Planned Changes To Ex-Employee Non-Compete Clauses18th Dec 2020
Beware The Pitfalls
Employers depend on non-compete clauses to protect themselves when a key employee leaves to join a rival firm (or start their own business).
But this is an area of the law that is fraught with pitfalls. And the problem is about to get worse…
Striking A Fine Balance
You may be tempted to write tortuously complex and onerous non-compete clauses into all your employment contracts – just to be safe. But this approach can backfire.
That is because non-compete clauses form part of common law. So they are decided on a case-by-case basis. And if you make your clauses too draconian then the court will simply throw them out. Your clauses must strike a fine balance between your needs and those of the employee concerned.
Preventing somebody from earning a living in their chosen trade or profession doesn’t just affect them: it means they are less able to support their family. Or generate wealth for the nation in the form of tax.
So the presumption in law is one of unenforceability (putting employers/ex-employers on the back foot). Non-compete clauses will be ruled unenforceable unless they are reasonable. They must:
- protect the legitimate business interest of the ex-employer
- be no wider than reasonably necessary to protect that legitimate business interest.
And the onus is on you, the ex-employer, to prove reasonableness in both these respects. So you’re already playing into a headwind. And now the goalposts are about to move again…
What The Government Is Planning
As Britain faces up to a record £2 trillion national debt, the government is planning to ease the rules on non-compete clauses. It fears the existing rules could stifle enterprise, job creation and wealth/tax generation.
That does not bode well for employers seeking to protect their businesses from employees who decide to move to a rival company or go it alone.
The government has just released a consultation paper on measures to reform post-termination non-compete clauses in employment contracts. This is what the consultation contains…
Option 1: Mandatory Compensation
Officials are “particularly interested” in views on an option to make these clauses enforceable only when the employer provides compensation during the term of the clause.
This is similar to the law in France where employers enforcing non-compete clauses must pay their employees a non-derisory amount of compensation.
It’s a deterrent; the message to employers is blunt: write non-compete clauses into your contracts only if you’re serious about them – because you’re going to have to pay for the privilege. It’s a classic case of ‘grab employers by their wallets and their hearts and minds will follow’.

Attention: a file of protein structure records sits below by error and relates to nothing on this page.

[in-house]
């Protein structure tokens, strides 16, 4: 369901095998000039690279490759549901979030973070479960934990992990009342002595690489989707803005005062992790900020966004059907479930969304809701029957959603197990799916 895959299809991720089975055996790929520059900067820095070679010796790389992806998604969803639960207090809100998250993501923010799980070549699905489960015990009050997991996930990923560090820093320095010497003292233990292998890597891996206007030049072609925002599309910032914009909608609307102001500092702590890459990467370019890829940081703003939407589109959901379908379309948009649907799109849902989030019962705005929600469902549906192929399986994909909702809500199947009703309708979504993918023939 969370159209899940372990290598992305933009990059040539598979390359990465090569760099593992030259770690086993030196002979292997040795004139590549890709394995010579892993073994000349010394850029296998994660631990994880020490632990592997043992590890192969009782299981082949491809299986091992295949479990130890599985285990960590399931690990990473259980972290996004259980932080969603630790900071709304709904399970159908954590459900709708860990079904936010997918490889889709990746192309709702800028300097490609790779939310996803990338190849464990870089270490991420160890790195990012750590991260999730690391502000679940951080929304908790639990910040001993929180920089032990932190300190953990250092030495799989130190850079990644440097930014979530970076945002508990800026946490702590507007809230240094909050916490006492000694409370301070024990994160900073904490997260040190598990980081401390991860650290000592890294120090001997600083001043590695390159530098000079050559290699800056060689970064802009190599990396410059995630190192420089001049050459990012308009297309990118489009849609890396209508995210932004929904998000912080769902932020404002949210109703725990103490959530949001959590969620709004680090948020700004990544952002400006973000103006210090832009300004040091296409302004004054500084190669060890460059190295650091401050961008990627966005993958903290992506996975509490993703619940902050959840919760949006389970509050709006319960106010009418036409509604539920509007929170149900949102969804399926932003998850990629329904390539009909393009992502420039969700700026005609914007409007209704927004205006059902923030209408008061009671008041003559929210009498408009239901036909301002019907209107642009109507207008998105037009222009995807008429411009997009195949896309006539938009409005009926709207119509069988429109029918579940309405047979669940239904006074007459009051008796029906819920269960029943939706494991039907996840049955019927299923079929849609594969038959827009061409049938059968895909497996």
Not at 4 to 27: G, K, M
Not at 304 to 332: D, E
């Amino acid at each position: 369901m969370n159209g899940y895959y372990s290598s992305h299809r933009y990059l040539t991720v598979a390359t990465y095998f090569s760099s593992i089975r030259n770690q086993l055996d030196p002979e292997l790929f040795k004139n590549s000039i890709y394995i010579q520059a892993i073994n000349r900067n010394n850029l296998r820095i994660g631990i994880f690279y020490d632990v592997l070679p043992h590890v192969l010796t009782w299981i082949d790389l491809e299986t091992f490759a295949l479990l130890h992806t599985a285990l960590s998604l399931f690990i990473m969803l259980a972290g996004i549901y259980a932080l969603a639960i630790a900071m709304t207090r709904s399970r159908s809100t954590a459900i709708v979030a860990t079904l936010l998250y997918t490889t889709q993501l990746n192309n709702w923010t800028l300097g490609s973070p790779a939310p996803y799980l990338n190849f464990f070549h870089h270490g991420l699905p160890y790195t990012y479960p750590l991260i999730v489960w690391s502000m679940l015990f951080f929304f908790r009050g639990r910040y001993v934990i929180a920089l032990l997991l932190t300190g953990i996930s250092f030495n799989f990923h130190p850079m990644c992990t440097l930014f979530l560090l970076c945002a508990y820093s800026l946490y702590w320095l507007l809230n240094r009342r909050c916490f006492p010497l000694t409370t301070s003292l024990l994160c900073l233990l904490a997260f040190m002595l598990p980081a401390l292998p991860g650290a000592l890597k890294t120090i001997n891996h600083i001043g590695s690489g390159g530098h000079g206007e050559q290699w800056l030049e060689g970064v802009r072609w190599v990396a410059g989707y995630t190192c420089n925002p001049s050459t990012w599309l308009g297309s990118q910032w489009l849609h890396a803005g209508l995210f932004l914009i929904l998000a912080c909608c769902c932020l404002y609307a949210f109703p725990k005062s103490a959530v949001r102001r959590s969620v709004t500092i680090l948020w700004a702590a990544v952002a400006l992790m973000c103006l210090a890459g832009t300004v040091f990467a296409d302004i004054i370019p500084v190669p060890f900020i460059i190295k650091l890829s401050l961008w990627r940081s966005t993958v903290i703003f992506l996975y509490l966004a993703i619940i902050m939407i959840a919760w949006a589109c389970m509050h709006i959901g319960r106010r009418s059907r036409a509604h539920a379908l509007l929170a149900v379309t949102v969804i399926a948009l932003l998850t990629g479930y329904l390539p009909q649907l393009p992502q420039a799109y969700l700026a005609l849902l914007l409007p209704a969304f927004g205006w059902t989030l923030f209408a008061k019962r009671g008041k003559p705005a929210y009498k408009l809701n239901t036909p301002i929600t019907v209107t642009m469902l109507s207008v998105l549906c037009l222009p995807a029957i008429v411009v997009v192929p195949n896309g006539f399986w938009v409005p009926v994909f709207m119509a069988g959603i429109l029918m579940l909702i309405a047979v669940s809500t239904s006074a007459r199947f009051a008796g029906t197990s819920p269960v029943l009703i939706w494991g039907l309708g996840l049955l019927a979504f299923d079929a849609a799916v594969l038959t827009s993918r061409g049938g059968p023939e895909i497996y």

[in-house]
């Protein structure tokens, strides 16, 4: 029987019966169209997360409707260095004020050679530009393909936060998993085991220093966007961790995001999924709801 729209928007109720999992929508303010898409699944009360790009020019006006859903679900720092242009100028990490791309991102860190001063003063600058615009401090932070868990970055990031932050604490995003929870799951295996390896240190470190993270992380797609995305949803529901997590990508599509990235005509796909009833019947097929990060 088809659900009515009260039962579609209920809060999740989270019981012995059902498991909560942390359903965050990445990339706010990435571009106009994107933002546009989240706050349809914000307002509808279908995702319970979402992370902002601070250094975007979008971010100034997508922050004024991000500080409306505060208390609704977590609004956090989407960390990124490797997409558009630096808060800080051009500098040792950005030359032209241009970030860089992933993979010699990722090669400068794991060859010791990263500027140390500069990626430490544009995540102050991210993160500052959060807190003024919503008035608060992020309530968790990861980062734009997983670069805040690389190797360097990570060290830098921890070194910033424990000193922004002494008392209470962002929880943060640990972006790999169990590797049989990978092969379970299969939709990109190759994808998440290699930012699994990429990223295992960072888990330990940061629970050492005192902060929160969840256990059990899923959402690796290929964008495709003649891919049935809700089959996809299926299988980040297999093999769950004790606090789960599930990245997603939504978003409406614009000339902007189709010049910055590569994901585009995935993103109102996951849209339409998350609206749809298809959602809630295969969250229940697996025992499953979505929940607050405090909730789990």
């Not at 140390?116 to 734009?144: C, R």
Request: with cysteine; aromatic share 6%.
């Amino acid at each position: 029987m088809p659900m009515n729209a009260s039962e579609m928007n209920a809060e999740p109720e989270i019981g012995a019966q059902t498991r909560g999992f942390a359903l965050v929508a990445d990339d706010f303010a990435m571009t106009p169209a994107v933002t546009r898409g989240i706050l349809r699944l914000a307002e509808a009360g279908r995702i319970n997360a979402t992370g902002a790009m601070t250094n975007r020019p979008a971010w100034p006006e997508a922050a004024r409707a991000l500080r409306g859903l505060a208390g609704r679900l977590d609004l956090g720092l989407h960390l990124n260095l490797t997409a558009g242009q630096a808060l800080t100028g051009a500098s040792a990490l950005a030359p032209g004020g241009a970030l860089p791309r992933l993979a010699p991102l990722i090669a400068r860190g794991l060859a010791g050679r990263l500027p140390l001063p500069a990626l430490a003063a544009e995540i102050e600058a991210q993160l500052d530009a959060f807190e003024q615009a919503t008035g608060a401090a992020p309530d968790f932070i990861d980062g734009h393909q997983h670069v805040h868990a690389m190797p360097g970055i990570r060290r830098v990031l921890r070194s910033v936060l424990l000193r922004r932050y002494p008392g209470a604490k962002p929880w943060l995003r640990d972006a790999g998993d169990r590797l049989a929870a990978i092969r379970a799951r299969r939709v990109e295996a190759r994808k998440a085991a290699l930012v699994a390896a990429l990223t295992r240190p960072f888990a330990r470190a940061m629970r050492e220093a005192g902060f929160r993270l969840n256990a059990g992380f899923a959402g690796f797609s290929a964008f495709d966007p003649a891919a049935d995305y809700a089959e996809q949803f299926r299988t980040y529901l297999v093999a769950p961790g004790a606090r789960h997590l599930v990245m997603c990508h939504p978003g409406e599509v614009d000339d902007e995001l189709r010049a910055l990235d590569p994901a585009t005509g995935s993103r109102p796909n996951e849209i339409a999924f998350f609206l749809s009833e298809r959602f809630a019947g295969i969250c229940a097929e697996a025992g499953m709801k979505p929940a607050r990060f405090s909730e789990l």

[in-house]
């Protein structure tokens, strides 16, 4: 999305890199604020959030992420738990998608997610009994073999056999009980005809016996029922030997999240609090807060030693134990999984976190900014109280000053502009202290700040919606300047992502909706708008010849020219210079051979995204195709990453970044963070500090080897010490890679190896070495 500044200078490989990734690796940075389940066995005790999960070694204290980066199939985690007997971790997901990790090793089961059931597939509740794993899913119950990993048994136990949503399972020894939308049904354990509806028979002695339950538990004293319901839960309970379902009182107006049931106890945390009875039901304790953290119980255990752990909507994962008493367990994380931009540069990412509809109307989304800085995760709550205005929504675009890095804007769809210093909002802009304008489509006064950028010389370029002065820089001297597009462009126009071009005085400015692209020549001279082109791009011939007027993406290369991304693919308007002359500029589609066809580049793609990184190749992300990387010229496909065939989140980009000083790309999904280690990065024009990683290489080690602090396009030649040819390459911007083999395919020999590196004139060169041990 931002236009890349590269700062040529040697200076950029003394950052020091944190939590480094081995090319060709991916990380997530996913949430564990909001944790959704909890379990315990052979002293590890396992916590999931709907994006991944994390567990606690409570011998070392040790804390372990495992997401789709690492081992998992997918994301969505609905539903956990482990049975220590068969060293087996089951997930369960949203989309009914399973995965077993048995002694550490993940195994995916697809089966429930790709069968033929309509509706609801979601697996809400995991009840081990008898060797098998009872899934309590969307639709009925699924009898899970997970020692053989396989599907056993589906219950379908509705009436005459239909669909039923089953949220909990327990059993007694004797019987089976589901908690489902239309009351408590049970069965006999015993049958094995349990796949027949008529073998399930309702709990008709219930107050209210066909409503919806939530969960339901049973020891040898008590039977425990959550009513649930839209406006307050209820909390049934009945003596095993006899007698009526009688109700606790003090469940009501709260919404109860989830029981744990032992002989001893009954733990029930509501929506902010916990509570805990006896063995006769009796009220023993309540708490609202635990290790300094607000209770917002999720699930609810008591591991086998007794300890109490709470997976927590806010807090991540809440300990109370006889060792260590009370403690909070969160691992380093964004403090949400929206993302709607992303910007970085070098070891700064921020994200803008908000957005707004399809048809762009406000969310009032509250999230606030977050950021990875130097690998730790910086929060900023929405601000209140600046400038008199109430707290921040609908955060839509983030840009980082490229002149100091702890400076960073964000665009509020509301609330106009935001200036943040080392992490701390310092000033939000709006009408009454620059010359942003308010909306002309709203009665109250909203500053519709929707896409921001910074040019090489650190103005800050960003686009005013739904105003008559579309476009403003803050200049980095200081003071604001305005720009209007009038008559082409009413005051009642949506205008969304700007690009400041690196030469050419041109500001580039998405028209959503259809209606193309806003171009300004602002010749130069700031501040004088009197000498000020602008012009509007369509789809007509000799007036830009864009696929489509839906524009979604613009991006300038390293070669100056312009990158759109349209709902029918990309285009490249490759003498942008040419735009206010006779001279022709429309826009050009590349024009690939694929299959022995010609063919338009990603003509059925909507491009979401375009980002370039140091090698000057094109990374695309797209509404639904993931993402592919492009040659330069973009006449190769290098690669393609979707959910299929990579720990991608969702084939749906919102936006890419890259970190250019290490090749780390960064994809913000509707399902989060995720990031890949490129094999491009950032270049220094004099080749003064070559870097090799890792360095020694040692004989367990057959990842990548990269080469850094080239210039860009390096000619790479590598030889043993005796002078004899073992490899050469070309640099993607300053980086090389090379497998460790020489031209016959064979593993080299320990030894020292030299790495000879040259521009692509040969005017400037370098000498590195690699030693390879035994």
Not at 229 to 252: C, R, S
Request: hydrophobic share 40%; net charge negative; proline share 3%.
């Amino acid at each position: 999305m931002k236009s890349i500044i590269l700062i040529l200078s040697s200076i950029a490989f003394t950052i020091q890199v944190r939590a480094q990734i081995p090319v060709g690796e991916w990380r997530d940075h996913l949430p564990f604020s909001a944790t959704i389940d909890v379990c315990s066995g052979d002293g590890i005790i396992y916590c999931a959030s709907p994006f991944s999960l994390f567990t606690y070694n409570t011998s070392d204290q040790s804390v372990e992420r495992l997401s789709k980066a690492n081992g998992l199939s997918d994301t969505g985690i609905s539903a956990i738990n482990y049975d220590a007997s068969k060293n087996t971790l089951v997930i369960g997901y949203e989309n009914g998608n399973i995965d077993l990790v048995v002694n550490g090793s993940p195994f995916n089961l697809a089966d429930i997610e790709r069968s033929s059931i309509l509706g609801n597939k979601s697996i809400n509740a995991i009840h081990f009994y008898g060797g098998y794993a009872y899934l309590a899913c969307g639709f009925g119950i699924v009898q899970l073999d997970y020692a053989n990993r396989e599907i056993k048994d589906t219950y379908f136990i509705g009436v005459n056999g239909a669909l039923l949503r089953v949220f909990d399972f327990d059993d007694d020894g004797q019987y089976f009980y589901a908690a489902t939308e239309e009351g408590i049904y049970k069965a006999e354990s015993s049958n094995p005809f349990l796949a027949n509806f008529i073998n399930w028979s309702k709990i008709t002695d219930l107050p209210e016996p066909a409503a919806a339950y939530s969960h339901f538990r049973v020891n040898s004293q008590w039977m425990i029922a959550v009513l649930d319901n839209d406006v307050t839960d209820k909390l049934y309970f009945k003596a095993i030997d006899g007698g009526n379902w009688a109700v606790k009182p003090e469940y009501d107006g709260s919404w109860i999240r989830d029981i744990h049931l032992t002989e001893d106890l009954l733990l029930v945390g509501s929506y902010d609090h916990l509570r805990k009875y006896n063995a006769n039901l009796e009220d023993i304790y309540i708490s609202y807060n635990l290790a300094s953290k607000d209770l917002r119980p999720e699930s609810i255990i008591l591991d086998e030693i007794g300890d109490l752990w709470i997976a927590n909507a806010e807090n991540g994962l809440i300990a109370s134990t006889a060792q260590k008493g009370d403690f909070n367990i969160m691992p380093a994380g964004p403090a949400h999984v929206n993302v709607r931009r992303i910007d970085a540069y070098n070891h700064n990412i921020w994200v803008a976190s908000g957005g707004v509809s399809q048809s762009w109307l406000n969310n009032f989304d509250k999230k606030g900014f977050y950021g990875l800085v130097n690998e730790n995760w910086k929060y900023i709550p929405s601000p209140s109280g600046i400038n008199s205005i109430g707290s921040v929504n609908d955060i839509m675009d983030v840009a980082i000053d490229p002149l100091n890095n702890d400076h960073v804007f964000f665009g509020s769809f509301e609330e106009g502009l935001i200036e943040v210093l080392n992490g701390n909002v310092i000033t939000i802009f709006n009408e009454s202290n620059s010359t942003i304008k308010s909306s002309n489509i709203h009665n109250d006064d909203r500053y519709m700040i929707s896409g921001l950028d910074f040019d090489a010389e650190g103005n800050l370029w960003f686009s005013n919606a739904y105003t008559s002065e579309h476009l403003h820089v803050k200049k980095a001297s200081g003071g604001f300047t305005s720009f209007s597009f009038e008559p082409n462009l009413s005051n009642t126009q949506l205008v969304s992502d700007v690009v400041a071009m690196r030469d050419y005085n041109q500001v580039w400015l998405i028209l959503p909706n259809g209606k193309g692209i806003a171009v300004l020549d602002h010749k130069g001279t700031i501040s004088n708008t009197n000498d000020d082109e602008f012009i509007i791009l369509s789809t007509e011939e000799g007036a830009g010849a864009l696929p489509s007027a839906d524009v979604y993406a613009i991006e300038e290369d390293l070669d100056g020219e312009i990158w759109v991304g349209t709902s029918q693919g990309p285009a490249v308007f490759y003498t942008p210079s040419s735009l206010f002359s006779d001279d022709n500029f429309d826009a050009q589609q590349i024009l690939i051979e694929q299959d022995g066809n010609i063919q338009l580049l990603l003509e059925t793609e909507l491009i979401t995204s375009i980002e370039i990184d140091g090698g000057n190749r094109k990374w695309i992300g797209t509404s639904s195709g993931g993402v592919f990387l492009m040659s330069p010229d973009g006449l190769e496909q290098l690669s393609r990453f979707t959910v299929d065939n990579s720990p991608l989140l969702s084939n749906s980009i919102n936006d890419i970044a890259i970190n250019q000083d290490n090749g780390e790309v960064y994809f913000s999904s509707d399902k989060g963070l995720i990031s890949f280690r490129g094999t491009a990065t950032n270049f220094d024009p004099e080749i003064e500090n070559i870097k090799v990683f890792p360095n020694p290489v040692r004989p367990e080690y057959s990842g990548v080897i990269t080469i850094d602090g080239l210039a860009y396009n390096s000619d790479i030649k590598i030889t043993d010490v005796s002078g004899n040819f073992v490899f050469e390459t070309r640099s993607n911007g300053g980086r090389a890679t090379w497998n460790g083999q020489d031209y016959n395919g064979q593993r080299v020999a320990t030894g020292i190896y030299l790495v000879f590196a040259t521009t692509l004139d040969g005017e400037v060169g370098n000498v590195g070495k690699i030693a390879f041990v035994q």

Here is the government’s precise wording on the idea of mandatory compensation: “It would create a financial disincentive to the use of non-compete clauses ‘as standard’ in contracts of employment and reduce misuse of non-compete clauses.”
The idea of compensation is nothing new though. Some employers already pay compensation voluntarily for the period of a non-compete clause. ‘Gardening leave’ is another popular option.
And the government is also considering complementary measures. They include:
- enhancing transparency where non-compete clauses are used (to give employees a better idea of what they’re signing up to)
- putting statutory limits on the length of non-compete clauses (courts currently enforce clauses up to 12 months).
Officials are trying to sweeten the mandatory compensation pill by saying it could lead to less litigation. But that’s cold comfort when your best employee has just walked out the door and is now your rival.
And the alternative is even less palatable…
Option 2: Banning Non-Compete Clauses Altogether
The government is considering “whether making all post-termination, non-compete clauses in contracts of employment unenforceable is a necessary step to boost innovation and competition.”
Officials point to the hotbed of digital innovation in California (where non-compete clauses are void, regardless of how reasonable they might be) and entrepreneurship in Israel (where non-compete clauses are limited).
The government’s approach is as obvious as a sledgehammer. Presumably, one is meant to infer ‘accept Option 1…or we’ll bring in Option 2’.
Not so much carrot and stick. More like little stick and big stick. And the law is already sticking it to employers with the presumption of unenforceability.
So what’s the solution? We’ll all need to see how much of this consultation comes to pass and how severe the consequences will be.
The consultation does not close until 26 February 2021 (giving all the relevant stakeholders the chance to have their say). Expect numerous and frequent changes before any final papers are set down. It’s definitely a case of ‘watch this space’…
But in the meantime we recommend that you seek expert legal advice and check your employment contracts. It is always good practice to review them regularly to ensure they are keeping pace with the latest changes in the law.
Get Expert Legal Advice
When was the last time you reviewed your employment contracts? Contact Coles Miller employment solicitor Hugh Reid for expert legal advice.